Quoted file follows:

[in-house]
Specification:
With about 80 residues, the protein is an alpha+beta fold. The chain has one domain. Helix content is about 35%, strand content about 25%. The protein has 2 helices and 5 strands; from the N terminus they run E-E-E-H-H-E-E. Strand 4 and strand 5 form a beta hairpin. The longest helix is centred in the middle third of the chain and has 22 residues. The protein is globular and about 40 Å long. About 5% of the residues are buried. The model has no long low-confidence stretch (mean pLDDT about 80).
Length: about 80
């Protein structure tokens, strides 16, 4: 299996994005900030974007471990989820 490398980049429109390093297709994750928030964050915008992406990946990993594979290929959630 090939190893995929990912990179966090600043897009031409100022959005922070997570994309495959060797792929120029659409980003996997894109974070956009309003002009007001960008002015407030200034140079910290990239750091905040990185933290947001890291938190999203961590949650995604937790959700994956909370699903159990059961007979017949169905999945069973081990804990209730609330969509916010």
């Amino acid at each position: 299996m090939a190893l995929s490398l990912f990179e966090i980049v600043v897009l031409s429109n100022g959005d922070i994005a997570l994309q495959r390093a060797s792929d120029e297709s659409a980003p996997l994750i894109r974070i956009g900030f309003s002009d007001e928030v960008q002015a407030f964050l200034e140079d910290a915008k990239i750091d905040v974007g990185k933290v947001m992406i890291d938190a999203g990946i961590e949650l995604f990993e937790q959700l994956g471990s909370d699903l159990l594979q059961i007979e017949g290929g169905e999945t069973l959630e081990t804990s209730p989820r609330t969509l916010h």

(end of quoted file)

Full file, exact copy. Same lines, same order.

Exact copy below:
[in-house]
Specification:
With about 80 residues, the protein is an alpha+beta fold. The chain has one domain. Helix content is about 35%, strand content about 25%. The protein has 2 helices and 5 strands; from the N terminus they run E-E-E-H-H-E-E. Strand 4 and strand 5 form a beta hairpin. The longest helix is centred in the middle third of the chain and has 22 residues. The protein is globular and about 40 Å long. About 5% of the residues are buried. The model has no long low-confidence stretch (mean pLDDT about 80).
Length: about 80
């Protein structure tokens, strides 16, 4: 299996994005900030974007471990989820 490398980049429109390093297709994750928030964050915008992406990946990993594979290929959630 090939190893995929990912990179966090600043897009031409100022959005922070997570994309495959060797792929120029659409980003996997894109974070956009309003002009007001960008002015407030200034140079910290990239750091905040990185933290947001890291938190999203961590949650995604937790959700994956909370699903159990059961007979017949169905999945069973081990804990209730609330969509916010």
């Amino acid at each position: 299996m090939a190893l995929s490398l990912f990179e966090i980049v600043v897009l031409s429109n100022g959005d922070i994005a997570l994309q495959r390093a060797s792929d120029e297709s659409a980003p996997l994750i894109r974070i956009g900030f309003s002009d007001e928030v960008q002015a407030f964050l200034e140079d910290a915008k990239i750091d905040v974007g990185k933290v947001m992406i890291d938190a999203g990946i961590e949650l995604f990993e937790q959700l994956g471990s909370d699903l159990l594979q059961i007979e017949g290929g169905e999945t069973l959630e081990t804990s209730p989820r609330t969509l916010h």